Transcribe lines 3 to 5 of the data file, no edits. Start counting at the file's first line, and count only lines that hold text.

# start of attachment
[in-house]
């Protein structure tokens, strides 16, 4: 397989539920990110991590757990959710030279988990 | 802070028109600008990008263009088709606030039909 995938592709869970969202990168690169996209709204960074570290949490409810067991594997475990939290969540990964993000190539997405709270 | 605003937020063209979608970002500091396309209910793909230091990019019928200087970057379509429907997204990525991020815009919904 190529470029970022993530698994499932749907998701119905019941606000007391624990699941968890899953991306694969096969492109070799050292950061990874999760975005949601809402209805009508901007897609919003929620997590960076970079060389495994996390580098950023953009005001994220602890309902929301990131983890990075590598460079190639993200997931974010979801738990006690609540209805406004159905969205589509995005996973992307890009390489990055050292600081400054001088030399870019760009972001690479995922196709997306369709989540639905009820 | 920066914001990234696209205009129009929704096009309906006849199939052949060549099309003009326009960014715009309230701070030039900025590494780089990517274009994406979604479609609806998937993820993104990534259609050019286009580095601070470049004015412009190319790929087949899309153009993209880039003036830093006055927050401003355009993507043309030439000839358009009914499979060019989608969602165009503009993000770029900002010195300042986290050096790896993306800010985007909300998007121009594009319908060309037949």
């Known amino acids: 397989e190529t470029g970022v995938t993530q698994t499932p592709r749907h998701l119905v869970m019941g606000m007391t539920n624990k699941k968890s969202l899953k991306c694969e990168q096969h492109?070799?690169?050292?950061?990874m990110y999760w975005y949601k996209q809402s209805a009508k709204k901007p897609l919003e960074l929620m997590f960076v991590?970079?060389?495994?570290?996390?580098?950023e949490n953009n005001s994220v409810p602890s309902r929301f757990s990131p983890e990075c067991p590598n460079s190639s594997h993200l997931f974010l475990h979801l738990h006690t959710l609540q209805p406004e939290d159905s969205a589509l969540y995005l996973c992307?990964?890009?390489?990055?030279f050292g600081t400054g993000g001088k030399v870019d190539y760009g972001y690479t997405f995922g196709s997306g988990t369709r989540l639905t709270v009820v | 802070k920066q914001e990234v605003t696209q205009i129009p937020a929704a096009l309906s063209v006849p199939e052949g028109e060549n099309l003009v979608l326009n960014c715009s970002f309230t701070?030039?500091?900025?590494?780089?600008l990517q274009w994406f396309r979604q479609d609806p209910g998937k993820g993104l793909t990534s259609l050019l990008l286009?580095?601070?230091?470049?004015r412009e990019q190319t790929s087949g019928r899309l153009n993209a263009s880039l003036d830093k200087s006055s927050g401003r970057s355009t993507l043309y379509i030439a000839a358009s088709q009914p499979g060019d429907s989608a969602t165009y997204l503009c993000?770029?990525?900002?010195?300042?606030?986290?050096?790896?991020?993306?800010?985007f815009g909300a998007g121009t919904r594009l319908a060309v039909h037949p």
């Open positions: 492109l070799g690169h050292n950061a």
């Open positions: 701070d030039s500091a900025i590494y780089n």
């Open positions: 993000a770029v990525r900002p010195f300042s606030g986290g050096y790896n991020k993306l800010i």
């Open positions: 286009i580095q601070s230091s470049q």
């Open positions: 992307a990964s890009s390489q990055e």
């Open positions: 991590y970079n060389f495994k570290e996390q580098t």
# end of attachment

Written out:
């Known amino acids: 397989e190529t470029g970022v995938t993530q698994t499932p592709r749907h998701l119905v869970m019941g606000m007391t539920n624990k699941k968890s969202l899953k991306c694969e990168q096969h492109?070799?690169?050292?950061?990874m990110y999760w975005y949601k996209q809402s209805a009508k709204k901007p897609l919003e960074l929620m997590f960076v991590?970079?060389?495994?570290?996390?580098?950023e949490n953009n005001s994220v409810p602890s309902r929301f757990s990131p983890e990075c067991p590598n460079s190639s594997h993200l997931f974010l475990h979801l738990h006690t959710l609540q209805p406004e939290d159905s969205a589509l969540y995005l996973c992307?990964?890009?390489?990055?030279f050292g600081t400054g993000g001088k030399v870019d190539y760009g972001y690479t997405f995922g196709s997306g988990t369709r989540l639905t709270v009820v | 802070k920066q914001e990234v605003t696209q205009i129009p937020a929704a096009l309906s063209v006849p199939e052949g028109e060549n099309l003009v979608l326009n960014c715009s970002f309230t701070?030039?500091?900025?590494?780089?600008l990517q274009w994406f396309r979604q479609d609806p209910g998937k993820g993104l793909t990534s259609l050019l990008l286009?580095?601070?230091?470049?004015r412009e990019q190319t790929s087949g019928r899309l153009n993209a263009s880039l003036d830093k200087s006055s927050g401003r970057s355009t993507l043309y379509i030439a000839a358009s088709q009914p499979g060019d429907s989608a969602t165009y997204l503009c993000?770029?990525?900002?010195?300042?606030?986290?050096?790896?991020?993306?800010?985007f815009g909300a998007g121009t919904r594009l319908a060309v039909h037949p």
């Open positions: 492109l070799g690169h050292n950061a």
């Open positions: 701070d030039s500091a900025i590494y780089n």